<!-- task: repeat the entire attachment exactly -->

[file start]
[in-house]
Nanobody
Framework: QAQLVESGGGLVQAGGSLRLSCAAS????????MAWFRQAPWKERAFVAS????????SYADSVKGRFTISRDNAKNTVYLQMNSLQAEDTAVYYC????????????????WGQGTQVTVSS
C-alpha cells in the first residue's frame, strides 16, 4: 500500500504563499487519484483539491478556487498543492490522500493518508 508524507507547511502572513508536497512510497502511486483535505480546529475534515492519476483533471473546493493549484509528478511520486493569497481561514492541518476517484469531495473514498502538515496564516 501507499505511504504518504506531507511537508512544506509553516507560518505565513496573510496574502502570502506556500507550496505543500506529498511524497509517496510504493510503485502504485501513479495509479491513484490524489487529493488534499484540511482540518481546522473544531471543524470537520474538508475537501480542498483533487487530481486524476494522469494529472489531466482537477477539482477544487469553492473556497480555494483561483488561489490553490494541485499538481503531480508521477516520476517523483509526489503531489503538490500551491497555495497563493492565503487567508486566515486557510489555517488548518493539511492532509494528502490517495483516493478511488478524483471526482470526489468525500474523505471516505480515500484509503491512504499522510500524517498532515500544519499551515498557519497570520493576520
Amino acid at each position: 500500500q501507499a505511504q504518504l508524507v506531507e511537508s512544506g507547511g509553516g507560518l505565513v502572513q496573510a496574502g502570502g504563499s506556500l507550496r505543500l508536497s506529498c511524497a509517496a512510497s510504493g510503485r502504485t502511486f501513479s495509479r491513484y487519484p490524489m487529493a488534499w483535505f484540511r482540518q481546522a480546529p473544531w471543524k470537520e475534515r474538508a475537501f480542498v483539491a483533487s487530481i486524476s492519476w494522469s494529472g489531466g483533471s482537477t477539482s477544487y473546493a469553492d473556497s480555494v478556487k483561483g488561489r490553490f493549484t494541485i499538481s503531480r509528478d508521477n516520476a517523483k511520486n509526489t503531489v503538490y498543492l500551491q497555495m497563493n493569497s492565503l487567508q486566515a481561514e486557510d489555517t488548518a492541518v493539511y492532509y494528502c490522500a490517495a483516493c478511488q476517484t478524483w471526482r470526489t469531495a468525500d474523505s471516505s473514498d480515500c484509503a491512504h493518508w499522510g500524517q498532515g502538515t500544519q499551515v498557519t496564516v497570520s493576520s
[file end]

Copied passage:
[in-house]
Nanobody
Framework: QAQLVESGGGLVQAGGSLRLSCAAS????????MAWFRQAPWKERAFVAS????????SYADSVKGRFTISRDNAKNTVYLQMNSLQAEDTAVYYC????????????????WGQGTQVTVSS
C-alpha cells in the first residue's frame, strides 16, 4: 500500500504563499487519484483539491478556487498543492490522500493518508 508524507507547511502572513508536497512510497502511486483535505480546529475534515492519476483533471473546493493549484509528478511520486493569497481561514492541518476517484469531495473514498502538515496564516 501507499505511504504518504506531507511537508512544506509553516507560518505565513496573510496574502502570502506556500507550496505543500506529498511524497509517496510504493510503485502504485501513479495509479491513484490524489487529493488534499484540511482540518481546522473544531471543524470537520474538508475537501480542498483533487487530481486524476494522469494529472489531466482537477477539482477544487469553492473556497480555494483561483488561489490553490494541485499538481503531480508521477516520476517523483509526489503531489503538490500551491497555495497563493492565503487567508486566515486557510489555517488548518493539511492532509494528502490517495483516493478511488478524483471526482470526489468525500474523505471516505480515500484509503491512504499522510500524517498532515500544519499551515498557519497570520493576520
Amino acid at each position: 500500500q501507499a505511504q504518504l508524507v506531507e511537508s512544506g507547511g509553516g507560518l505565513v502572513q496573510a496574502g502570502g504563499s506556500l507550496r505543500l508536497s506529498c511524497a509517496a512510497s510504493g510503485r502504485t502511486f501513479s495509479r491513484y487519484p490524489m487529493a488534499w483535505f484540511r482540518q481546522a480546529p473544531w471543524k470537520e475534515r474538508a475537501f480542498v483539491a483533487s487530481i486524476s492519476w494522469s494529472g489531466g483533471s482537477t477539482s477544487y473546493a469553492d473556497s480555494v478556487k483561483g488561489r490553490f493549484t494541485i499538481s503531480r509528478d508521477n516520476a517523483k511520486n509526489t503531489v503538490y498543492l500551491q497555495m497563493n493569497s492565503l487567508q486566515a481561514e486557510d489555517t488548518a492541518v493539511y492532509y494528502c490522500a490517495a483516493c478511488q476517484t478524483w471526482r470526489t469531495a468525500d474523505s471516505s473514498d480515500c484509503a491512504h493518508w499522510g500524517q498532515g502538515t500544519q499551515v498557519t496564516v497570520s493576520s